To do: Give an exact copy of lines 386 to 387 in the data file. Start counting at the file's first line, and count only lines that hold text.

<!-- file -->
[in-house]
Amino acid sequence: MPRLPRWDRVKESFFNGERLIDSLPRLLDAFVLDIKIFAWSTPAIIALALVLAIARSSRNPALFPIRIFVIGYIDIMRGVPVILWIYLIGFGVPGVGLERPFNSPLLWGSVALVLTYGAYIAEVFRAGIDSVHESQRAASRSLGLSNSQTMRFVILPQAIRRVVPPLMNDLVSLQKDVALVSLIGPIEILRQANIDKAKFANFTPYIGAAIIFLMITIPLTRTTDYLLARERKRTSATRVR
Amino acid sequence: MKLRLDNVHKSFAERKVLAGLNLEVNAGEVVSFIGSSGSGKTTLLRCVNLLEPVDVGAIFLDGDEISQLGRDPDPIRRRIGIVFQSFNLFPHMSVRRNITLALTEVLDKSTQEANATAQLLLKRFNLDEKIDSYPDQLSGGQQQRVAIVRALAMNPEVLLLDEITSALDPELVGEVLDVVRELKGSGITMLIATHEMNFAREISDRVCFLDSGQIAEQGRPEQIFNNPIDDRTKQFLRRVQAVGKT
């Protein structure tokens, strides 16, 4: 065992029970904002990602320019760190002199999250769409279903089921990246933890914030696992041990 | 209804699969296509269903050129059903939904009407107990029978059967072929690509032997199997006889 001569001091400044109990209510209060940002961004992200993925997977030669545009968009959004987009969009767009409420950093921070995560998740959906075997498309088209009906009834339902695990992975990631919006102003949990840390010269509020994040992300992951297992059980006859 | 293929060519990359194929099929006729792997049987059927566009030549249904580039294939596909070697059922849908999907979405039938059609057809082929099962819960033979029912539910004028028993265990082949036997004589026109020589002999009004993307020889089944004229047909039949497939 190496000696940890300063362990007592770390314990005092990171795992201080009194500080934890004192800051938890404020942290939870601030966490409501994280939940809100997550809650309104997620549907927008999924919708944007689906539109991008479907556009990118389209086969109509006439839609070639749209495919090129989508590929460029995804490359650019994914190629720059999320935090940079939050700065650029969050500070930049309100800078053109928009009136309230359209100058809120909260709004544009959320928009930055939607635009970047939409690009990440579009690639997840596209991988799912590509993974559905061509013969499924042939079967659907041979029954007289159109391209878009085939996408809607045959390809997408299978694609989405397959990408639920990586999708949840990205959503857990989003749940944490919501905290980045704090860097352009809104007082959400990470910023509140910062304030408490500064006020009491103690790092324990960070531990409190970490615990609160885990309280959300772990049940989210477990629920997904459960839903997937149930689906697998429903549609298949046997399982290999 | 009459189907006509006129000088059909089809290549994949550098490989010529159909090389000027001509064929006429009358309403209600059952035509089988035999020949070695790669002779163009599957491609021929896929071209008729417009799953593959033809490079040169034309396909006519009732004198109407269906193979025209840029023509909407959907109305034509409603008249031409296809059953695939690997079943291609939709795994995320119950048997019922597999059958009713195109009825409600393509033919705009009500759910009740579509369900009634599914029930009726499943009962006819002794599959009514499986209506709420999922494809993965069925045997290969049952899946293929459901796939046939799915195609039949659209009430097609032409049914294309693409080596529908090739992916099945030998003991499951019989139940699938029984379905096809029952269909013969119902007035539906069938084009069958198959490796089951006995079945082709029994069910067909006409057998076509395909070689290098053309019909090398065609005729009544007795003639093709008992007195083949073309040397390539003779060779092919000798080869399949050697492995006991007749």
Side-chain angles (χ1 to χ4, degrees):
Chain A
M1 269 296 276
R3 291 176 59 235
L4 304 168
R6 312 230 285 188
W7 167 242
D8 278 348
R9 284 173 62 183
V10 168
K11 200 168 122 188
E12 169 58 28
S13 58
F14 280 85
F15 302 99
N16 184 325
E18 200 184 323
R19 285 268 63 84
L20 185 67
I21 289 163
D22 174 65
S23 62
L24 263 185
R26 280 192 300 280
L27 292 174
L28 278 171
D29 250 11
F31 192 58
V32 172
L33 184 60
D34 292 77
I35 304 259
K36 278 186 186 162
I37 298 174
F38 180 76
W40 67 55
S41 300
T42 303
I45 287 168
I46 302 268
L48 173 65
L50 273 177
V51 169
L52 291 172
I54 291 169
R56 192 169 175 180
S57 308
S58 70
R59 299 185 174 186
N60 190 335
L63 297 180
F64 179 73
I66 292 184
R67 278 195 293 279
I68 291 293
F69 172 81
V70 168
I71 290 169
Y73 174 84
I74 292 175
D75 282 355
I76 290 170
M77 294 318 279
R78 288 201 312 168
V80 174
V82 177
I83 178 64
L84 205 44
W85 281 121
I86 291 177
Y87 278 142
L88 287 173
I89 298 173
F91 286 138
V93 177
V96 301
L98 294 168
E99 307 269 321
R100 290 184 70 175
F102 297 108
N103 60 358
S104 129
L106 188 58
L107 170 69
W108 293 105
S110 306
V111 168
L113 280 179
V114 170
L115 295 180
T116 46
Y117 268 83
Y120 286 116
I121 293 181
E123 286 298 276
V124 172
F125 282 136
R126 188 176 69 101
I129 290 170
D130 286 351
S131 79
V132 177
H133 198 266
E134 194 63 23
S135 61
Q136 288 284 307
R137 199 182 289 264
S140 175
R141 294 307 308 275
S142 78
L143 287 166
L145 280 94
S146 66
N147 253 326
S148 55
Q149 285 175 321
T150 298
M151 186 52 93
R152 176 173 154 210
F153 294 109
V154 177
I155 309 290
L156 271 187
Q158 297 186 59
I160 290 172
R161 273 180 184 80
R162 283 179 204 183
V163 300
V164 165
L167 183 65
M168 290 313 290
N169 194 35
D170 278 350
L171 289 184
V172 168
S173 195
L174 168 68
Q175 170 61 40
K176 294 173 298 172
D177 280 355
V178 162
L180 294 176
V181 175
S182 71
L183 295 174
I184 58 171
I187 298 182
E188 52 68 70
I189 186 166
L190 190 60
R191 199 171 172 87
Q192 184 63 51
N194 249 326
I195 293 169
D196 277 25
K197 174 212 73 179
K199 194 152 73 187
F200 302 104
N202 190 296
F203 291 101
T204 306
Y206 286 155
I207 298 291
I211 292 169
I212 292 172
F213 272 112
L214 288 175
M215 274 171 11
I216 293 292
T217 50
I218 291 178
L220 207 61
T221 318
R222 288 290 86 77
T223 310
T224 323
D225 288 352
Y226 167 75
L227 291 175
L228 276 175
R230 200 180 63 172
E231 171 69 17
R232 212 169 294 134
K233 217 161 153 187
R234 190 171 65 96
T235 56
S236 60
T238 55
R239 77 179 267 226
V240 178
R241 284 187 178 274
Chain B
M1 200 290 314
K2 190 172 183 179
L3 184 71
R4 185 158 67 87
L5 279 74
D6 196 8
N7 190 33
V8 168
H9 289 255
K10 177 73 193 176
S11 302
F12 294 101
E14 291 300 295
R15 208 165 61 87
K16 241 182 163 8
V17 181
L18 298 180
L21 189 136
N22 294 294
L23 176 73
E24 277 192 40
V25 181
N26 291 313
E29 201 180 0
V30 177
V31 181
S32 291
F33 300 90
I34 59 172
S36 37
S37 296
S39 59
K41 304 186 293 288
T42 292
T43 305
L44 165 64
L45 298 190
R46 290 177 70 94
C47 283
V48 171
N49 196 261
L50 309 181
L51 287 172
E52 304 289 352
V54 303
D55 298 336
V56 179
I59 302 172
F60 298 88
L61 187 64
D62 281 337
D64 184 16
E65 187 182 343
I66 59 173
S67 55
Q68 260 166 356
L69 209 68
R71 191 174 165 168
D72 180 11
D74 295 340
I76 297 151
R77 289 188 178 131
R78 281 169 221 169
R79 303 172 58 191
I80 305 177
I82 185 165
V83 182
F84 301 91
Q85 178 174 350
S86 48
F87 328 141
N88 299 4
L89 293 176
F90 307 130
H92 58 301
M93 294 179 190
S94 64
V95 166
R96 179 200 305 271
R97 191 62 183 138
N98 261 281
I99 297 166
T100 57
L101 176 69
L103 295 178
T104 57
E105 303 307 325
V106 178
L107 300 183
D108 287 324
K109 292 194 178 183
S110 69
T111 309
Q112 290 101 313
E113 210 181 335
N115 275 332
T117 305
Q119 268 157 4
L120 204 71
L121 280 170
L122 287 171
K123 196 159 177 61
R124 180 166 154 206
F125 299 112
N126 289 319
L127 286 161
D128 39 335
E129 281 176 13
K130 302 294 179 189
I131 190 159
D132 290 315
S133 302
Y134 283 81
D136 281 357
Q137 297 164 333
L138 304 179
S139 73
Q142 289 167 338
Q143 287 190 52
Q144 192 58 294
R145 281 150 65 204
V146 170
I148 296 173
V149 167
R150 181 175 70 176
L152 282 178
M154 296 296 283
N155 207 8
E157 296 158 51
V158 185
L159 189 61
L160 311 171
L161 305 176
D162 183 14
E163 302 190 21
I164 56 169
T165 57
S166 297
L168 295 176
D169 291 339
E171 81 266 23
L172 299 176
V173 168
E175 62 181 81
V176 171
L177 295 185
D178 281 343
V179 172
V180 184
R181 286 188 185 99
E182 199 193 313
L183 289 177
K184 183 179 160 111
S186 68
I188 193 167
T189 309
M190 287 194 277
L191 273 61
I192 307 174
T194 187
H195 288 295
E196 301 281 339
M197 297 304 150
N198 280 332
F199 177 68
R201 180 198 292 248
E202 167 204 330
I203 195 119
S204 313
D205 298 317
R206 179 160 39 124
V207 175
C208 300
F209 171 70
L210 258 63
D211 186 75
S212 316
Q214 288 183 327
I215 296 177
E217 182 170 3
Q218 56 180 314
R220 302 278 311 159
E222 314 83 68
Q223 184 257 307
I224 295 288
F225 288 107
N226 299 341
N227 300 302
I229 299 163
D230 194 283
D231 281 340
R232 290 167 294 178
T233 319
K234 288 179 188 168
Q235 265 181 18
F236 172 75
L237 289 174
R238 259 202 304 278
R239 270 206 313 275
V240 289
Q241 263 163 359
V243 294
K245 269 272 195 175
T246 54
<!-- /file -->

D230 194 283
D231 281 340